Written by Sgt. Neysa Canfield
101st Sustainment Brigade, 101st Airborne Division (AA) Public Affairs
Port Arthur, TX – A bright yellow sign with the words “convoy follows” sits in the front of a Light Medium Tactical Vehicle as about twenty more vehicles follow behind it.
This symbolizes the last convoy with Soldiers from the 3rd Brigade Combat Team, 101st Airborne Division (Air Assault) to leave Port Arthur, TX, on May 1st, thus finalizing the Lifeliner’s mission for the Sea Emergency Deployment Readiness Exercise.
Soldiers from the 101st Airborne Division Sustainment Brigade, 101st Abn. Div. (Air Assault), arrived in Port Arthur, TX, April 22nd in support of the SEDRE.
The SEDRE, directed by U.S. Army Forces Command, tested the 101st Abn. Div. Sust. Bde. on their ability to rapidly deploy to an expeditionary environment.
Simultaneously exercising the brigade’s mission essential tasks to ensure they are maintaining proper levels of readiness.
With U.S. Naval Ship Benavidez not scheduled to arrive until Monday, Soldiers took full advantage of the extra days to establish their operations and marshalling area.
“The 129th CSSB is very self-supportive,” said Maj. Hank Coleman, the support operations officer for 129th Combat Sustainment Support Battalion, 101st Airborne Division Sustainment Brigade, 101st Airborne Division (Air Assault). “We have cooks, water specialists, and fuelers with us that will contribute greatly to this exercise.”
The operations center allowed the battalion and brigade to track what was coming off the vessel and into the marshaling area.
“We got on the ramp at around 7:00pm on Monday,” said Staff Sgt. Juan C. Davilamercado, the noncommissioned officer in charge for the team from 372nd Inland Cargo Transfer Company, 129th CSSB. “We began to bust all the chains holding down the vehicles and began to download the equipment. The Soldiers from “Deuce Train” were extremely eager to work and continue working even when it was time to get some rest.”
The 372nd ICTC and 613th Movement Control Team, 129th CSSB, were the teams in charge of downloading the vessel along with sailors from the Navy Cargo Handling Battalion-One.
Sgt. Marsha Feightner said that with so many Soldiers participating in the download they had to break down into smaller teams to keep better accountability.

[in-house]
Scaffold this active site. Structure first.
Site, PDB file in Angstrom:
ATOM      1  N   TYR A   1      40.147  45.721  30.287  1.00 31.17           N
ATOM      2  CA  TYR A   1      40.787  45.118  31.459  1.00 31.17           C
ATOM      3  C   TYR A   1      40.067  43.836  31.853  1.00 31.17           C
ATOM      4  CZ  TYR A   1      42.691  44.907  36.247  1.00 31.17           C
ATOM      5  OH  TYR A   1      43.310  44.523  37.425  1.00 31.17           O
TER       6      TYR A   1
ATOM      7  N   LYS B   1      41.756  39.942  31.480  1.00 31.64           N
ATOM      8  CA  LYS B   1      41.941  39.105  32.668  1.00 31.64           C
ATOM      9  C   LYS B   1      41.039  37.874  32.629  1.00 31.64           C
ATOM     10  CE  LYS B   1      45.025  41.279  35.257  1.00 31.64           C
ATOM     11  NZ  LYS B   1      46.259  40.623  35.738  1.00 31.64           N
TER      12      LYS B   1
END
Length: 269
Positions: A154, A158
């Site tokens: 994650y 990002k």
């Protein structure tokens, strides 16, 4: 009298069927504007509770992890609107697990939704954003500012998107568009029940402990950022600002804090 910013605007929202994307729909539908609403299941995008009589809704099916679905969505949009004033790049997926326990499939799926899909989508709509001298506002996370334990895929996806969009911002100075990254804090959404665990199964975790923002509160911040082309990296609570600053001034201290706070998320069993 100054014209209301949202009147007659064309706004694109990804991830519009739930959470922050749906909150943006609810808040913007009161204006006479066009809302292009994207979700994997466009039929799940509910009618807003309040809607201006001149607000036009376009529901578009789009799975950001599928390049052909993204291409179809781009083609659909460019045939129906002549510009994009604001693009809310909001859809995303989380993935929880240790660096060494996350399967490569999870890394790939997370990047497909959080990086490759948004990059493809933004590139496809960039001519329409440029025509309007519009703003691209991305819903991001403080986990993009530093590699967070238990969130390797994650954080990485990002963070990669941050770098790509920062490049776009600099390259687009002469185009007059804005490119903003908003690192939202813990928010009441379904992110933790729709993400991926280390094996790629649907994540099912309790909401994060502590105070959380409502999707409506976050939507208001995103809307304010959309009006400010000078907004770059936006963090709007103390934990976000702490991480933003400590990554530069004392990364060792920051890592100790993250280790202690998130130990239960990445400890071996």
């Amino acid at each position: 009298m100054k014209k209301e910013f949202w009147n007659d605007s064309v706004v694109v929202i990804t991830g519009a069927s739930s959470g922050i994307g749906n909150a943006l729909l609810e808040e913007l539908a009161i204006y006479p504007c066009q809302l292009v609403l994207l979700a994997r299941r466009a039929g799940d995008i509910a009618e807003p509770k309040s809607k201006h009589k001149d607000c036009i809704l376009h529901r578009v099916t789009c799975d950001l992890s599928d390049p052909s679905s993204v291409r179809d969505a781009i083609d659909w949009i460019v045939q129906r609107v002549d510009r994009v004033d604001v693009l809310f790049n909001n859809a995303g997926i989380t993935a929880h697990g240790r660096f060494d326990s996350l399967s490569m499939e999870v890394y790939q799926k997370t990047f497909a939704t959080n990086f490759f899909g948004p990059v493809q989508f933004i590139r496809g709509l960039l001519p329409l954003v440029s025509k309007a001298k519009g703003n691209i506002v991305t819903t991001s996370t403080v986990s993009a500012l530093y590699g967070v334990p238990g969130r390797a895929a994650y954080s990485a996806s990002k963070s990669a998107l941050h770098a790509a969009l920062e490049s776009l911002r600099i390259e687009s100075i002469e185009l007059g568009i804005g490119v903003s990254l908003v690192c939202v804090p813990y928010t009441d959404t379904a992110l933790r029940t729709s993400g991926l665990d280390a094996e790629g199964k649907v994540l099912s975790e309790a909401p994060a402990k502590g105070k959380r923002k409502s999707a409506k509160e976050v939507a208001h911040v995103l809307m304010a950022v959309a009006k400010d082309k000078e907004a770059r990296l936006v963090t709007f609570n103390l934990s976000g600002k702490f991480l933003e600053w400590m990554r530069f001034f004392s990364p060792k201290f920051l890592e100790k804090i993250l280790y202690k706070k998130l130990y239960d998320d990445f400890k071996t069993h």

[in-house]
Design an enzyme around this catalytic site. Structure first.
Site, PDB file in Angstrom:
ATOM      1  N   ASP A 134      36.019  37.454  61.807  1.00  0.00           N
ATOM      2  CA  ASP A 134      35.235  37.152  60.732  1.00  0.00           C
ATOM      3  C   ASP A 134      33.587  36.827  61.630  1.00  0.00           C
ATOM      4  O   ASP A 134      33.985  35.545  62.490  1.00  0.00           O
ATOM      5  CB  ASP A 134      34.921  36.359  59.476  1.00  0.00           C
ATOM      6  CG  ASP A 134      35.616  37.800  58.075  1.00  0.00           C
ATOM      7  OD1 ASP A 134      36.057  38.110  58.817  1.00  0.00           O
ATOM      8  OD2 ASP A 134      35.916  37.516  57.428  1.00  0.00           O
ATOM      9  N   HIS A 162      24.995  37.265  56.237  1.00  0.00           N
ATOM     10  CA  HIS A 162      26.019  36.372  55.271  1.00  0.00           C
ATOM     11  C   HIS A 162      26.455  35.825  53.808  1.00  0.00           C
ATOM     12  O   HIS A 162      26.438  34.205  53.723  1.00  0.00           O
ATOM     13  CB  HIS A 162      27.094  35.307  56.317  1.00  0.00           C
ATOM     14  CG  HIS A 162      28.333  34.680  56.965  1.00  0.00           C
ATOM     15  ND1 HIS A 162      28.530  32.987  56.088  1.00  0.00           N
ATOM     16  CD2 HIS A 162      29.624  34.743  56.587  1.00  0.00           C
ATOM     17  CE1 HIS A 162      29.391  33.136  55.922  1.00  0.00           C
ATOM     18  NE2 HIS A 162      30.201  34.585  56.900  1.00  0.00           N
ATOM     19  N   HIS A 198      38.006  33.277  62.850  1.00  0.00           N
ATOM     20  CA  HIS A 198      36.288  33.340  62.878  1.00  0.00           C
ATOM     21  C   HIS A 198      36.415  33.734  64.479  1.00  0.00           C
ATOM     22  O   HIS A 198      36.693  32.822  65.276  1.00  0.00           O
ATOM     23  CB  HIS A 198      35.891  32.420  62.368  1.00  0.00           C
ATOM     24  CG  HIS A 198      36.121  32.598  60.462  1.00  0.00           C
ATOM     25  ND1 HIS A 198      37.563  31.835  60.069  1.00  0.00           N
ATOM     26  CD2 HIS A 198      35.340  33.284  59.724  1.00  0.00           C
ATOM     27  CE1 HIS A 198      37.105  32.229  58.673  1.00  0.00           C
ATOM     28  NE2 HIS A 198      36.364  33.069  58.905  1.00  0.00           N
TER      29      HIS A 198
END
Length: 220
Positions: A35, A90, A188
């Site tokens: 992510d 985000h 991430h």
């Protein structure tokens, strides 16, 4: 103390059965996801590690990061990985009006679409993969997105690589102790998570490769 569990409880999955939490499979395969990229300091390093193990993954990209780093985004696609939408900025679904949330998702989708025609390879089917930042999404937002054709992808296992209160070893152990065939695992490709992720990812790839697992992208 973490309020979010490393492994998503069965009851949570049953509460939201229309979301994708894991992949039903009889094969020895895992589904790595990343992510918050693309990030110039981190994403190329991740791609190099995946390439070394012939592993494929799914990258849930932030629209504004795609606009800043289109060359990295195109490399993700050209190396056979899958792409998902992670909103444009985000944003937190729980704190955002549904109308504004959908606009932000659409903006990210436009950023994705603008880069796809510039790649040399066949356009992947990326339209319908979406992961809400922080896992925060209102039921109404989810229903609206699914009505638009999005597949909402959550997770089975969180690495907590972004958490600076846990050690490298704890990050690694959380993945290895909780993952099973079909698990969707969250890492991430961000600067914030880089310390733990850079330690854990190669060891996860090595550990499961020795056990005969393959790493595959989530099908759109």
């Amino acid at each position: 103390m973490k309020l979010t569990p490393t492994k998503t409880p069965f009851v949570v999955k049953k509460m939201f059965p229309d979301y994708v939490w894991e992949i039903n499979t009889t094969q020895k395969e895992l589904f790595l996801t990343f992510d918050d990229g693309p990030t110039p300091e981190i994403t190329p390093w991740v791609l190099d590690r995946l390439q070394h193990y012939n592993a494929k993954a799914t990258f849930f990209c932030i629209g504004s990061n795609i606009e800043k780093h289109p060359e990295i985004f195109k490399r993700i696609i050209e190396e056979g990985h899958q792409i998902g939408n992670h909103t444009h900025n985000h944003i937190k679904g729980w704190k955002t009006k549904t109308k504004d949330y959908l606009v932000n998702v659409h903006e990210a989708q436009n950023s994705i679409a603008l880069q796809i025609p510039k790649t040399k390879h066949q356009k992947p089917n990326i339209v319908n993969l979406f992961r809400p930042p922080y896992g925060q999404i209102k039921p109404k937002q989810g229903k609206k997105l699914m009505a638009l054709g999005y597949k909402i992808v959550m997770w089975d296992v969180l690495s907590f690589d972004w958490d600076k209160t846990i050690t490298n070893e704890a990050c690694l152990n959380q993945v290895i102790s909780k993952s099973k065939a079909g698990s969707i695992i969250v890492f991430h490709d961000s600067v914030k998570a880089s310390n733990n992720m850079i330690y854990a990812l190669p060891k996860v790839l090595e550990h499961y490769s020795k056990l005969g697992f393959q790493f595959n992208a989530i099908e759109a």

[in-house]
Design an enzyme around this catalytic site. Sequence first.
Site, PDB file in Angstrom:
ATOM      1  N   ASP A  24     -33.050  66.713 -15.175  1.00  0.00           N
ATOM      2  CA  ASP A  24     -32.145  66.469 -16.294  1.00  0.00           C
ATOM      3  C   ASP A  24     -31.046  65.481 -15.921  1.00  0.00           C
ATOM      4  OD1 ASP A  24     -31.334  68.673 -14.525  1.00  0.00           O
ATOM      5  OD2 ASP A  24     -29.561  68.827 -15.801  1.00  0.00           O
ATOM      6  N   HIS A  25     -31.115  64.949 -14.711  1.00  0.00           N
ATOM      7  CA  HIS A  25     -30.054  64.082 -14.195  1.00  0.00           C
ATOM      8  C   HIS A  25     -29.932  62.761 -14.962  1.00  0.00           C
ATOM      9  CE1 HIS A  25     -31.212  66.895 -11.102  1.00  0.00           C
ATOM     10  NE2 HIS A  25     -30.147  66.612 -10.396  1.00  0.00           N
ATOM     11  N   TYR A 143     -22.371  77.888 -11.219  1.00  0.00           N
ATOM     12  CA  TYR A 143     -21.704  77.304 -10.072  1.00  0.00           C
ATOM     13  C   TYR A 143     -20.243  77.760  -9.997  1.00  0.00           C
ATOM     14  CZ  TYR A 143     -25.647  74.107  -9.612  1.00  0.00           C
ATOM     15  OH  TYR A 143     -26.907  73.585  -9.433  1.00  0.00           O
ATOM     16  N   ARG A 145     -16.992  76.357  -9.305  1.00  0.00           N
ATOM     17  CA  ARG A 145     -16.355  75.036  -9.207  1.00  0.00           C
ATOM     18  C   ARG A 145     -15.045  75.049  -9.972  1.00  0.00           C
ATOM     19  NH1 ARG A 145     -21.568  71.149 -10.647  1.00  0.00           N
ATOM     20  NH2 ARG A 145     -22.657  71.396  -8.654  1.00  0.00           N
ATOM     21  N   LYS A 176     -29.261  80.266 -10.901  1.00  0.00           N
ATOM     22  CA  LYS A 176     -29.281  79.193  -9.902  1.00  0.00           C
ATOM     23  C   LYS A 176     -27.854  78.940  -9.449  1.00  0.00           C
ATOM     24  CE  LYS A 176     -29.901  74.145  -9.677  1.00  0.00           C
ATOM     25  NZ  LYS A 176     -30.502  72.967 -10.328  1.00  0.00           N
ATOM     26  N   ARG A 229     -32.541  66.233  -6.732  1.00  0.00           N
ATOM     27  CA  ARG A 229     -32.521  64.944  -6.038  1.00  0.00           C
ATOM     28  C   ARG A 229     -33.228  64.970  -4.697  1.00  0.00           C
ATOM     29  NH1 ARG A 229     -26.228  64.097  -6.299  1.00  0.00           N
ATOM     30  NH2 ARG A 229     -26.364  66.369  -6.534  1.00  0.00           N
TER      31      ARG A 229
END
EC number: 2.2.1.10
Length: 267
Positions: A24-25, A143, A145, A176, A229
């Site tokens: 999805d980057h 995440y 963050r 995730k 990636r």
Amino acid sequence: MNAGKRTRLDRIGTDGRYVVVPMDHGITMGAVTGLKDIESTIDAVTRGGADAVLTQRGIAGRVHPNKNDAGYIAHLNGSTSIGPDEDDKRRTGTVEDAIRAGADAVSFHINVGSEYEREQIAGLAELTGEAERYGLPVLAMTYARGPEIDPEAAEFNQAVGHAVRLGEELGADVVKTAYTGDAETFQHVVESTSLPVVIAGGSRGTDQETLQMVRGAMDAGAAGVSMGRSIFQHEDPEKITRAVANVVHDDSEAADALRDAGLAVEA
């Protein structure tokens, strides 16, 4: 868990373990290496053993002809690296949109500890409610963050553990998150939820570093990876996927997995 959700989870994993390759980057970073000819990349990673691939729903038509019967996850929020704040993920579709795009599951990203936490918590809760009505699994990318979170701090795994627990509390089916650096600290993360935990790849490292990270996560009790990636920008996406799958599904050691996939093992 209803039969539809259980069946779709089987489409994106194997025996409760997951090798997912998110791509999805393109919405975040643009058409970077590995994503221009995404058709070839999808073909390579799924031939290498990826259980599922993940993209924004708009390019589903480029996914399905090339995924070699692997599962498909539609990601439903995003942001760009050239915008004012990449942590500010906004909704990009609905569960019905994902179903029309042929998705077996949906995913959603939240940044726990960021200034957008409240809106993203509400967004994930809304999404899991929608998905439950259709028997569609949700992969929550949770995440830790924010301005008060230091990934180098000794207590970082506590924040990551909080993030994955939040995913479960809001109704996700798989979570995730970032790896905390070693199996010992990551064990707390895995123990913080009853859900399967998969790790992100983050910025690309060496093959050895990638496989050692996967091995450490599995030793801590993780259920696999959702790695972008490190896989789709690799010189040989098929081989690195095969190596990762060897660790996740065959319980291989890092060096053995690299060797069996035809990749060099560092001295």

“Everyone’s morale was pretty high and still is,” said Spc. Mason Lewis, a cargo specialist with 2nd platoon, 372nd ICTC. “Being able to experience something new and work with the Navy to accomplish the same mission was awesome.”
Fifteen hours after the vessel lowered its ramp at Port Arthur, TX, it was completely downloaded.
“Some of the Soldiers in 372nd had prior experience in a mission similar to this exercise,” said Coleman. “During our deployment to Liberia we had to load and unload a vessel with our equipment. Then in October of last year during our JRTC (Joint Readiness Training Center) rotation we were able to train on running a LSA (Logistic Support Area) as well as downloading and unloading equipment except without a vessel.”
With the vessel now downloaded, the Lifeliners linked up with members of Joint Task Force-Port Opening to enter the next stage of their mission.
“Once the equipment was downloaded from the vessel we would take it to the staging area, still within the port, and fuel it,” said Sgt. Marsha Feightner, a cargo noncommissioned officer and team leader with the 372nd ICTC. “Members of SDDC (Surface Deployment Distribution Command) would then scan the equipment. They would transfer the equipment over to us and we would then take it to the marshalling area.”
The equipment now handed over to the Lifeliners; it was time to stage some vehicles.
“At least one Soldier from the 372nd and 613th were licensed on every vehicle downloaded from the vessel, which made it easy for the Soldiers to move it from the staging area on the port to the marshalling area,” said Coleman.
“Each vehicle was staged by battalion once they arrived to the marshalling area,” said Feightner. “This would make it easier once the 3rd brigade Soldiers arrived. All they would have to do is get in the vehicle and convoy out to Fort Polk.”
MCT Soldiers would immediately check each vehicle bumper number upon their arrival and hand off the vehicle to the road guard waiting at the first orange cone at the marshalling area. The road guard would then direct the driver to the vehicles specific lane.
Before the 3rd BCT Soldiers took off on their convoy the MCT team made sure they had the proper paperwork and understood the route and alternate route to Fort Polk.
However, not all equipment loaded on the vessel was easily mobile like vehicles. This is where the Soldiers from 594th Transportation Company, 129th CSSB, came in.
“Equipment such as containers are called TEUs (twenty-foot equivalent units of equipment),” said 2nd Lt. Logan Oakley, the first platoon leader out of 594th Trans. Co., 129th CSSB. “We load the TEUs onto our M915’s (Line-Haul Tractor) and line haul from Port Arthur to Fort Polk. We notify our 3rd BCT point of contact that we are on our way, so when we get there they are ready to receive their equipment.”
It took a total five convoys to get the Soldiers of 3rd BCT transported with from Port Arthur, TX, to Fort Polk, LA.
Lifeliners were not just able to exercise their capabilities but they also participated in a historic event for the SDDC. This was the first SEDRE the SDDC participated in over 15 years.